Pitot Tube Fabrication and Installation
The RotorWay pitot tube is unsatisfactory. Its biggest drawback is its accessibility to damage from a passerby. It doesn't matter how many flags you hang or signs you have pointing to it, someone will bump into it with their leg and bend it! I elected to fabricate a bendable pitot to eliminate having to repair/replace the RotorWay one. I bought the basic pitot from Aircraft Spruce P/N 15170 at about $30. Then had the bracket fabricated at a local machine shop. This can get a bit expensive. The angular cut is 45 degrees and the pitot mounts lower than the 5 inches as recommended by RotorWay. The plastic coupler joins the two parts of the pitot with barbs that were machined onto the pitot tube. You can't pull the plastic off once attached. It must be cut off with a knife!
Cabin Comfort (Cockpit Heat)
If you live in cold climates, forget RotorWays radiator collector and get creative or freeze! There are many alternatives to heat the cabin, this is one of them. I am using one or two Cessna heat muffs from Aircraft Spruce P/N 08-02400 about $45 each. These are connected with SCEET aeroduct flexible tubing (fire retardant) to a blower motor. The blower motor is mounted on a fabricated steel plate by taping the underside of the bushings for the instrument pod. I have tested the motor and am pleased with the output to the windshield. This setup was a complete failure. See "Finishing Touches" for the latest in cockpit heating!
The first picture shows a cover plate for the seat belt cutout in the seat back. It is fabricated from .050 aluminum and will be anodized and engraved with a RotorWay logo. The next picture shows the plate attached with two 6-32 nutplates and black hex head machine screws. The final pictures show the anodized plates, the engraved RotorWay logo and the seat with shoulder harness and seat belt.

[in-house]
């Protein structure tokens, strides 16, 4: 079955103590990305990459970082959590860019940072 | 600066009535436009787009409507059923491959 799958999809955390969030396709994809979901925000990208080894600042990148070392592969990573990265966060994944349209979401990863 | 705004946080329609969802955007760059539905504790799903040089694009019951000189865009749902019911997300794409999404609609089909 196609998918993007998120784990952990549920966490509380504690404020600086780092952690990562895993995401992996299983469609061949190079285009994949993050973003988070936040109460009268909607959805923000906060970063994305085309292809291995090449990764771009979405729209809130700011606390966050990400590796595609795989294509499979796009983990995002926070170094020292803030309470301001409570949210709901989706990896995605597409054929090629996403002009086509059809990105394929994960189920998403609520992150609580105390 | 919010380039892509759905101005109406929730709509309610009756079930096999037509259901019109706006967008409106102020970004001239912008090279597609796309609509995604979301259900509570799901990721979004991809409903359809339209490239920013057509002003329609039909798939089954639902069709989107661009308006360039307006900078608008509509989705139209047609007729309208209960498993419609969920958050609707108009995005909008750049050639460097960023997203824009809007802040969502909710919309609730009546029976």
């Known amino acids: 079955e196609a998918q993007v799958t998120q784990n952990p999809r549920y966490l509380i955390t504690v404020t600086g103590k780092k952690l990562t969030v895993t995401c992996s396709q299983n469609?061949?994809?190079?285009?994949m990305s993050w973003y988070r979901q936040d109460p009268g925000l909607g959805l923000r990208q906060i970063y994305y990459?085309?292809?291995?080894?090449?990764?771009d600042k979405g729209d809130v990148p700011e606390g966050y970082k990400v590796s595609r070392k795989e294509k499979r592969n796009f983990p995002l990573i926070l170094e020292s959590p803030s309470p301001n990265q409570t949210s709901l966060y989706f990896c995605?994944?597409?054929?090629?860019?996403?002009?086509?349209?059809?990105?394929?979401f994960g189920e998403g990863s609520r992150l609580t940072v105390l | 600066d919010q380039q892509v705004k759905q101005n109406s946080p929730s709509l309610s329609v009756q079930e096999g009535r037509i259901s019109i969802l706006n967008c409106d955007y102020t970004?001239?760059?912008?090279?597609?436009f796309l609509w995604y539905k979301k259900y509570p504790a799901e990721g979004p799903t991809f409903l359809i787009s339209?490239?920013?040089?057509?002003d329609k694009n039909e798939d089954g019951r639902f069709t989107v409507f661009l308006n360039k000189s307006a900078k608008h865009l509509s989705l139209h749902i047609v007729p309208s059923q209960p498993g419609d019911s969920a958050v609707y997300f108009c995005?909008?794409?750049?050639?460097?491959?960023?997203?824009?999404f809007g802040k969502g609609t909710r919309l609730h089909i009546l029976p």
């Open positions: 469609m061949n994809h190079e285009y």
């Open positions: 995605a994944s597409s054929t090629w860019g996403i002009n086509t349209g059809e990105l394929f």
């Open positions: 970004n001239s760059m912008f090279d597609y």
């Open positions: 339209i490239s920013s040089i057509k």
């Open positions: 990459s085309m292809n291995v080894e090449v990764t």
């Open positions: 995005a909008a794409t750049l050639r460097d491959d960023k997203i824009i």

The right album shows some ideas for securing the heater/air controls to the underside of the fiberglass instrument panel. I used the elbows (originally for the metal instrument panel) and fiberglassed them to the pod. Be sure to fit the pod on the airframe and run the cables first. I ran one cable to the left side and the other to the right. Use wide masking tape to layout the locations of the elbow tabs. When cured, drill a hole in the tab and secure a nylon cable tie using stainless steel hardware. This has resulted in a very satisfactory heater/air setup.
The ballast weight is basically a no brainer. But, there are a couple of things to know. Although the plans say to limit the TOTAL weight to 25 lbs., you can get as much as 32 lbs into the container including the cap. I checked with RotorWay and they advised that as long as you fall within the envelope for weight and balance, you may use as much weight as you need to trim the ship. I got my weight from a local gun shop. It came in the form of pellets and was also coated with graphite but this will turn to slag when heated and is easily held back when pouring. Be sure to drill the mounting hole after you pour the lead for obvious reasons! The attachment pin was drilled from top to bottom on the right skid to eliminate the chance of catching it with your pants when walking around the helo.